Cell talk: Q&A with Johanna Joyce
Our newest Member in Lausanne wants to know how cancer cells communicate with normal cells, and how that conversation changes during cancer progression.
What are the biggest questions you aim to answer in your lab?
How do cancer cells establish a dialogue with normal cells within their microenvironments? How does that conversation change during the course of cancer progression and metastasis? How is that dialogue affected by different therapeutic interventions? We want to answer these questions in different cancers, with a recent emphasis on brain malignancies, both primary gliomas as well as brain metastases that originate from the breast, lung and other organs and disseminate to the brain. Brain metastases are very challenging targets for therapy and prevention. By developing a comprehensive understanding of the complex and interconnected microenvironmental landscape of brain malignancies, we’re getting closer to understanding this very intricate communication involving many different cell types within the brain microenvironment. We can use these datasets to then identify weak points and therapeutically intervene, and either stop that communication altogether or change it such that the normal cells are re-educated to actively fight the cancer.
Did you have any early influences that put you on the path to a career in science?
My teachers and professors in high school and university were instrumental in reinforcing my innate interest in science. I remember one high school teacher in particular—Mr. Bennett—who had an infectious enthusiasm for chemistry, which he was able to convey to his students. His classes were key in reinforcing my own enthusiasm for science. As an undergraduate at Trinity College in Dublin, we had outstanding professors in genetics. They taught us to think about and approach fundamental questions of biology from a genetic perspective and were very adept at unlocking many of the mysteries of biology and the beauty of genetics.
When you were 14, you moved from London to the Irish countryside. Was the transition difficult?
At the beginning, yes it was quite an adjustment. At 14, I was starting to become independent and I wasn’t happy to leave my friends behind. Now when I look back though and see how my life has worked out, I’m really pleased that my family made that decision, as it ultimately benefited all of us.
Did it influence your decision to pursue science?
The Irish school system allowed me to explore a wider range of subjects—history, geography, French and English in addition to the sciences—than I would have been able to in the more restricted English school system. In England, I would have had to concentrate just on the four sciences. In my opinion, 14 is far too young to specialize because at that age, you tend to change your mind pretty frequently about what you want to be when you grow up. But I’m fortunate in that I’ve always been drawn to science. It’s what I always found most fascinating at school, and having many different perspectives when thinking about scientific problems can be influenced by input from other subjects—so that was definitely another good outcome of our move to Ireland.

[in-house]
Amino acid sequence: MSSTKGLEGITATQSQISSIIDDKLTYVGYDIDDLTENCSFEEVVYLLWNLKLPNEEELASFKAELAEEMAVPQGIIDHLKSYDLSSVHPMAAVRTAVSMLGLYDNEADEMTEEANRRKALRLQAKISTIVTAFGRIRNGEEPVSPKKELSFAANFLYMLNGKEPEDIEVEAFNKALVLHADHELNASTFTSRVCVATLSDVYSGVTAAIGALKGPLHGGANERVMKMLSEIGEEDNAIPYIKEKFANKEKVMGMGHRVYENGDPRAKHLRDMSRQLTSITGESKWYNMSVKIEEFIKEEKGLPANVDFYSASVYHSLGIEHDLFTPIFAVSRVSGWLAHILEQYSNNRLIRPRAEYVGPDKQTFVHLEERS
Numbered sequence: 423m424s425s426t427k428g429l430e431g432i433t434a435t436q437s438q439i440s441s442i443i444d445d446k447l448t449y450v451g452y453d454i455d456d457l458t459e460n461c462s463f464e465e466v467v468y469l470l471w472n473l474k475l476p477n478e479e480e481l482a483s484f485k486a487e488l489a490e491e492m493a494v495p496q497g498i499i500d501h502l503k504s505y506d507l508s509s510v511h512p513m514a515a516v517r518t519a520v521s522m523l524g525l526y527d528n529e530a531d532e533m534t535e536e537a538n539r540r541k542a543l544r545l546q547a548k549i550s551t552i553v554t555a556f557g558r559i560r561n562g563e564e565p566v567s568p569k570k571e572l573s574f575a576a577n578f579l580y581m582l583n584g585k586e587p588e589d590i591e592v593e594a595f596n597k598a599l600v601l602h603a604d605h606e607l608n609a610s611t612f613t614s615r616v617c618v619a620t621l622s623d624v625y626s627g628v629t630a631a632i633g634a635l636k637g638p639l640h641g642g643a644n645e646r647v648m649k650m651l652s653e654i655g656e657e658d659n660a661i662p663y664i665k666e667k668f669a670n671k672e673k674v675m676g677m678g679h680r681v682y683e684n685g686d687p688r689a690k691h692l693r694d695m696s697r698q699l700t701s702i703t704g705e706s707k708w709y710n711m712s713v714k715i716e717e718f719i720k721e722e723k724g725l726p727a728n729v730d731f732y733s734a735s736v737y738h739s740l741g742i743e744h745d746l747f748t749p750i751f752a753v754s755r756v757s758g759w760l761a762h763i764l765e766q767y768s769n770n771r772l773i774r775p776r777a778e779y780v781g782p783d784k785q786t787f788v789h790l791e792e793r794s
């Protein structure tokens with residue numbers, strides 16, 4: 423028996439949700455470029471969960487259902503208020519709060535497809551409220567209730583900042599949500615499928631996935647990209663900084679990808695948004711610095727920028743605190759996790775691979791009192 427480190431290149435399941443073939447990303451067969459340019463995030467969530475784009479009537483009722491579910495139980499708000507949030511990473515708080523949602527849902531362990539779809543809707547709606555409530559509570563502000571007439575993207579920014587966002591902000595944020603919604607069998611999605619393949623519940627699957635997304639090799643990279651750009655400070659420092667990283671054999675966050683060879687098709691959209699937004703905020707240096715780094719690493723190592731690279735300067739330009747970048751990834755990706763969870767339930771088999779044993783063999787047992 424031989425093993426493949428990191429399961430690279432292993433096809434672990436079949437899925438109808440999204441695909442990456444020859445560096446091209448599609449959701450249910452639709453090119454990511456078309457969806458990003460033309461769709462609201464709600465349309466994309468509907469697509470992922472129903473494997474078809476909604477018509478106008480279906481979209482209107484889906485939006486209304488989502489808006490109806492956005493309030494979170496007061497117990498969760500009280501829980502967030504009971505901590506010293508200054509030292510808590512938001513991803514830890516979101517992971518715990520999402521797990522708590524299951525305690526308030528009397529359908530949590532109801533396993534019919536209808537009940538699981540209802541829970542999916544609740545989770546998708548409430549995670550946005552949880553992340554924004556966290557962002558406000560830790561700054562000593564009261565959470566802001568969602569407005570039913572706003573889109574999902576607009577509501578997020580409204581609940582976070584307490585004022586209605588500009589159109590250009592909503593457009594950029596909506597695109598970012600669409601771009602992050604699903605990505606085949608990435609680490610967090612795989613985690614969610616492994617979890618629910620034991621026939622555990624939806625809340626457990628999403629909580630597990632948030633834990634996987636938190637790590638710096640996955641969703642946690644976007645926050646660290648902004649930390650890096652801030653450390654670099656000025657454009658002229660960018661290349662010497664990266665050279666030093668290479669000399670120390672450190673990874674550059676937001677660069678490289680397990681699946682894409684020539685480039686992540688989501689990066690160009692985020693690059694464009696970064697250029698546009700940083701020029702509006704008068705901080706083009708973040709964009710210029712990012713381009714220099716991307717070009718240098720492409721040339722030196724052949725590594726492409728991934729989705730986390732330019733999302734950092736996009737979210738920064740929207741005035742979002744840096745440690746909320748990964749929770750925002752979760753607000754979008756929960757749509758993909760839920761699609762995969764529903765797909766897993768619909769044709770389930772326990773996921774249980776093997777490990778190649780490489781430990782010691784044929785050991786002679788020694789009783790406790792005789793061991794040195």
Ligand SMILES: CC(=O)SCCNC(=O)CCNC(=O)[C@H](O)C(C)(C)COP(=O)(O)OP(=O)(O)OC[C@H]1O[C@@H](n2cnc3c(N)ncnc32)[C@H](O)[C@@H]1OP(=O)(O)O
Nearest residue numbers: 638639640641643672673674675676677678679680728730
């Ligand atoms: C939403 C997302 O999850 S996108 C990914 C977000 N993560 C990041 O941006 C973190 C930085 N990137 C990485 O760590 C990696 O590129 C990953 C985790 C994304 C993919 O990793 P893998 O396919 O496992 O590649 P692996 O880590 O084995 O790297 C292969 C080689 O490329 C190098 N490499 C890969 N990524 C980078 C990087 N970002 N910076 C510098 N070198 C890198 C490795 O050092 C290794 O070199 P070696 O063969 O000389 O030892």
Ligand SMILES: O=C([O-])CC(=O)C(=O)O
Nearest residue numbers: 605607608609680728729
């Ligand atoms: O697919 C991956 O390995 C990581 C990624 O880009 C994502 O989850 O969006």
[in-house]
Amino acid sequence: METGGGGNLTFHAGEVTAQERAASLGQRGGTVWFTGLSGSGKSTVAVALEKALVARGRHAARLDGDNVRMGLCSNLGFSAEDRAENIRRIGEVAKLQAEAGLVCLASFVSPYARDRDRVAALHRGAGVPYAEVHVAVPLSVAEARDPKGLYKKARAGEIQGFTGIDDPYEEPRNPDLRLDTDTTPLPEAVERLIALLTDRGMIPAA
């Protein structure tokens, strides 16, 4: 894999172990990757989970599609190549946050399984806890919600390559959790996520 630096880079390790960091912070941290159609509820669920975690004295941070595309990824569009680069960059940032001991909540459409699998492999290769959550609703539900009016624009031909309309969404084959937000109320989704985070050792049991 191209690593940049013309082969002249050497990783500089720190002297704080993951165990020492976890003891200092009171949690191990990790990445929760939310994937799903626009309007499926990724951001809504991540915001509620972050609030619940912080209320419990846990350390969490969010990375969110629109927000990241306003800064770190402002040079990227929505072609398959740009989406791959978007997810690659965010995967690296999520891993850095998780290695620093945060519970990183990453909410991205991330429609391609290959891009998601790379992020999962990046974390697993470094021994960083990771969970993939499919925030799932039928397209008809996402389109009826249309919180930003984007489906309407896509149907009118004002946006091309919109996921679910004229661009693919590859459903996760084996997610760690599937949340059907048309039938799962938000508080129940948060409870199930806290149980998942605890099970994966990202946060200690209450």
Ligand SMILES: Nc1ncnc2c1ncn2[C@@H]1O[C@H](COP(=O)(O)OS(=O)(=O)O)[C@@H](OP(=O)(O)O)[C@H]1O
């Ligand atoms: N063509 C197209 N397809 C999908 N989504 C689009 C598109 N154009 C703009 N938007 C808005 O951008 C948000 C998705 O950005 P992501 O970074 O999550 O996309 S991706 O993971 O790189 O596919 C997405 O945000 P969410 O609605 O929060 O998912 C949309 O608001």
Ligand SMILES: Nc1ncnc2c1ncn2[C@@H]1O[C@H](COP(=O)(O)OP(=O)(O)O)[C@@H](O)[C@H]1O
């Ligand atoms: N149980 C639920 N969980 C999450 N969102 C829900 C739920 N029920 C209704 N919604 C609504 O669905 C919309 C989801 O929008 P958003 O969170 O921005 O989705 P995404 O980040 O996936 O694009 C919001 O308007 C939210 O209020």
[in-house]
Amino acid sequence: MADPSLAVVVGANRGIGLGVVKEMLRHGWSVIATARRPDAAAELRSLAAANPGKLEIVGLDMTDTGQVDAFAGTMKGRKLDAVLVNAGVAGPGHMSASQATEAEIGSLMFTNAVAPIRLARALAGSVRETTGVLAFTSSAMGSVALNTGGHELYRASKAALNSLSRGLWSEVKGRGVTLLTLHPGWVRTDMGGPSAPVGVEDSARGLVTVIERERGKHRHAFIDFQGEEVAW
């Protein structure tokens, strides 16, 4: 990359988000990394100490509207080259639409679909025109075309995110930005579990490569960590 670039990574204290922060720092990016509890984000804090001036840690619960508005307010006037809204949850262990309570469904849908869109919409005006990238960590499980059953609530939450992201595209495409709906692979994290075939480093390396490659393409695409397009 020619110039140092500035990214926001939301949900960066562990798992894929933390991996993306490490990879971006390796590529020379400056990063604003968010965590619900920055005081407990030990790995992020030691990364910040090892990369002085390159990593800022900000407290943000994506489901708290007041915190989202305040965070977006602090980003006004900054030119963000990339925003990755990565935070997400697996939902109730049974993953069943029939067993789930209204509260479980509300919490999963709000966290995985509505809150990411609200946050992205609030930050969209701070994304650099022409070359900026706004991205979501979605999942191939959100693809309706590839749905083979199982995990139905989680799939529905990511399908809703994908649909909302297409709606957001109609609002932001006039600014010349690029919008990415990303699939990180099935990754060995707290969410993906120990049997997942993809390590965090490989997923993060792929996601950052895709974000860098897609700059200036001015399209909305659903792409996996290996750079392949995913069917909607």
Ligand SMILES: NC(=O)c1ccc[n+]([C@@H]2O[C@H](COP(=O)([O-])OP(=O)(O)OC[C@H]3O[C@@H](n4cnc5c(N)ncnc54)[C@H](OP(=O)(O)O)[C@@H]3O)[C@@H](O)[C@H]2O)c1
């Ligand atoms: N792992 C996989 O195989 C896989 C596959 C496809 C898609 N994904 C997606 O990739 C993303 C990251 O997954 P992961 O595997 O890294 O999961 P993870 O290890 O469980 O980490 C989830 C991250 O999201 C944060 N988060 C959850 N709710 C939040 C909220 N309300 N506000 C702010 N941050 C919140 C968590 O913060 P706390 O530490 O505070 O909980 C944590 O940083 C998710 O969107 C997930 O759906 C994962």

How would you describe yourself as a child? Introspective or outgoing, bookish or athletic, intense or laid-back?
Probably none of those strict ‘either or’ adjectives actually apply. I would say that I was very curious as a child, and an avid reader. I devoured books. I was always asking a lot of questions and always wanted to discover new things and walk into the unknown.
You’ve been quoted as saying that you tend to approach life as a game of Snakes and Ladders. Does science ever feel like the board game?
Very much. Often, you feel as if you take two steps forward and one step back. You’re advancing on a project and all of a sudden you uncover something that forces you to take a step back and reflect on what the data are telling you. But I think of science more as a journey where we encounter obstacles along the way. They can be frustrating but I see them as challenges. One of the fun parts of doing science is in fact when the outcome is not what you expect it to be. The obstacles or roadblocks force you to think about a problem more creatively and approach it from different angles.
What has been your best or most satisfying moment in the lab?
About seven years ago, several lab members were collaborating on a project targeting macrophages in an animal model of gliomas (brain tumors). Glioblastoma is a very challenging disease to treat and they found that using an inhibitor of macrophages was essentially curing the mice. These were animals that were days away from having to be sacrificed because their tumor was growing rapidly in the brain. Yet the treatment with a specific drug completely reversed the process. The tumors regressed and the mice survived. That effect was so striking, so profound, especially when you saw the effect that it had on the animals’ behavior. That was a very special moment because we not only saw its potential implications but also, in retrospect, because that particular finding set my lab on the path to where we are now, which is working on trying to understand the brain tumor microenvironment as one of our major challenges. Many people in my lab were involved in different ways on that project and we certainly benefited from working on it together as a team. Of course, everybody hopes to have one of those moments in their scientific career and I’ve been fortunate in having several of those, including in my research as a student and as a postdoc. But that is one that will always stay with me.
Who are the scientists, living or dead that you admire? If you could, whom would you work with?